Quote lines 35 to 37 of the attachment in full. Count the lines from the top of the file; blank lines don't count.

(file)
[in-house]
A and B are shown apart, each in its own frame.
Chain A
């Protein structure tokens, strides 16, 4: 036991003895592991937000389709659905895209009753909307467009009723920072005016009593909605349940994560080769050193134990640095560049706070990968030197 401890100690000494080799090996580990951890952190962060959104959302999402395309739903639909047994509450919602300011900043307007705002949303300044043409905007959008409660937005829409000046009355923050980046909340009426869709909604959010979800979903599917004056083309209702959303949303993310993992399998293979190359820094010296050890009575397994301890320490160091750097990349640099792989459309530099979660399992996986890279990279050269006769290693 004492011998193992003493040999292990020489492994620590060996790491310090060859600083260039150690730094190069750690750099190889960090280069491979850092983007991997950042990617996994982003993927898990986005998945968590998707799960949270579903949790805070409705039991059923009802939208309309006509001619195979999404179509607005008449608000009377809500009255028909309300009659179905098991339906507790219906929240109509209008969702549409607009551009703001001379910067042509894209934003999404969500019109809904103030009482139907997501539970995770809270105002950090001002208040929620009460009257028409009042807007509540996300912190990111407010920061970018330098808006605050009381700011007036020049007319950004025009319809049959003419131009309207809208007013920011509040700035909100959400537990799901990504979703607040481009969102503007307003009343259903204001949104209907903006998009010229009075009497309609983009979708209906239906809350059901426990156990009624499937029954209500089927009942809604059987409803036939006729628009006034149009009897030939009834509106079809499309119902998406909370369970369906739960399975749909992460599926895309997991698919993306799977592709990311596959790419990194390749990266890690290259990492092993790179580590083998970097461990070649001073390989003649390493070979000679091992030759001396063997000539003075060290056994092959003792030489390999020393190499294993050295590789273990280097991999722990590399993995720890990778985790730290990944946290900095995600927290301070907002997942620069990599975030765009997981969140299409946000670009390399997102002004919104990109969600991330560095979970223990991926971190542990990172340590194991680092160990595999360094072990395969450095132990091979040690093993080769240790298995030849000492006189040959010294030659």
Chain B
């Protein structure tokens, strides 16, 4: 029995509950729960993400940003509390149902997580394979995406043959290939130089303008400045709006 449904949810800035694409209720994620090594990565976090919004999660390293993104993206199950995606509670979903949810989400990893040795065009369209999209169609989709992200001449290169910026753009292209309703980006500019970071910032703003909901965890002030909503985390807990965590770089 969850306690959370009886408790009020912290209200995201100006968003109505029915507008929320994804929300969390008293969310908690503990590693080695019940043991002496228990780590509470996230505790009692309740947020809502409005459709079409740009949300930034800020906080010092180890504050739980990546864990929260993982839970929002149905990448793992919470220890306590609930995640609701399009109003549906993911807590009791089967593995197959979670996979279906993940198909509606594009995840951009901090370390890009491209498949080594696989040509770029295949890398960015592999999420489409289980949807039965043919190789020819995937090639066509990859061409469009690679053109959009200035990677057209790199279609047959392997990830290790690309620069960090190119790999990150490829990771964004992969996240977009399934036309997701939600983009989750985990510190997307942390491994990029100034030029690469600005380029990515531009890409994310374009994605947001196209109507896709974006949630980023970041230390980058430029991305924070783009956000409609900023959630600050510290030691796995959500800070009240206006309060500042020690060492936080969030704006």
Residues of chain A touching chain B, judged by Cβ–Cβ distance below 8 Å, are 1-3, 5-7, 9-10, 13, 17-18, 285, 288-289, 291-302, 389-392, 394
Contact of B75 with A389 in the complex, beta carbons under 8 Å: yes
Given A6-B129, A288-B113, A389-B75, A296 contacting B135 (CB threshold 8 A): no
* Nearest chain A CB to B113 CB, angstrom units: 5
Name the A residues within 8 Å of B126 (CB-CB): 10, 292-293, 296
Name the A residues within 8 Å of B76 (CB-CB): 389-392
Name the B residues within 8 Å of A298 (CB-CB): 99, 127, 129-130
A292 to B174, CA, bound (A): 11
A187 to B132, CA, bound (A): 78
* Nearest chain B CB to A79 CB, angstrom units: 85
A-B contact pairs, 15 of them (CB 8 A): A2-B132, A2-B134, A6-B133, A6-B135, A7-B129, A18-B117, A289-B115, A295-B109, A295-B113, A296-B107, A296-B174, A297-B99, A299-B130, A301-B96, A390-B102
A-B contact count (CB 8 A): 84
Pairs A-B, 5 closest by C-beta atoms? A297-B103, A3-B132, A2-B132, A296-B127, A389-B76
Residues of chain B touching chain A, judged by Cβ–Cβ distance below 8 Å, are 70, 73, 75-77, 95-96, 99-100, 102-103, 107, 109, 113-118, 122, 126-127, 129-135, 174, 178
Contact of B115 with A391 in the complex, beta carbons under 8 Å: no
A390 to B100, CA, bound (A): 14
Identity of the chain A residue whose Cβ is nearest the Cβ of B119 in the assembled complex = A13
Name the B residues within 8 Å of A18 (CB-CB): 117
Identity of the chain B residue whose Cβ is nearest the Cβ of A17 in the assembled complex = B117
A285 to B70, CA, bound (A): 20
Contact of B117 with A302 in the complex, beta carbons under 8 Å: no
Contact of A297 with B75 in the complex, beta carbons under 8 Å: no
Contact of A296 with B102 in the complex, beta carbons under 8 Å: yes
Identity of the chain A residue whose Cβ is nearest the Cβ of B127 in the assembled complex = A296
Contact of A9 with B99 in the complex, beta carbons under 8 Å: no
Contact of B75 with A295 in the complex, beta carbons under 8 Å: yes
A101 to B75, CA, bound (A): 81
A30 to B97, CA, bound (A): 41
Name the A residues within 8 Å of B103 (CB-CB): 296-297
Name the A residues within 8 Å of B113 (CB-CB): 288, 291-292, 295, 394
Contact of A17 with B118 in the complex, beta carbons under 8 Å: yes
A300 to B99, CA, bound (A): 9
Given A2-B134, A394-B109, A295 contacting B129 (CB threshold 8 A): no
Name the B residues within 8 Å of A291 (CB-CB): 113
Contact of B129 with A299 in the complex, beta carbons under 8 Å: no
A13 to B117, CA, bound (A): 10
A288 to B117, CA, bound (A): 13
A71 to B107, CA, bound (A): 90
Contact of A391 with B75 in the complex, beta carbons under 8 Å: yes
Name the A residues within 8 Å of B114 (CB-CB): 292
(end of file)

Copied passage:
Name the A residues within 8 Å of B103 (CB-CB): 296-297
Name the A residues within 8 Å of B113 (CB-CB): 288, 291-292, 295, 394
Contact of A17 with B118 in the complex, beta carbons under 8 Å: yes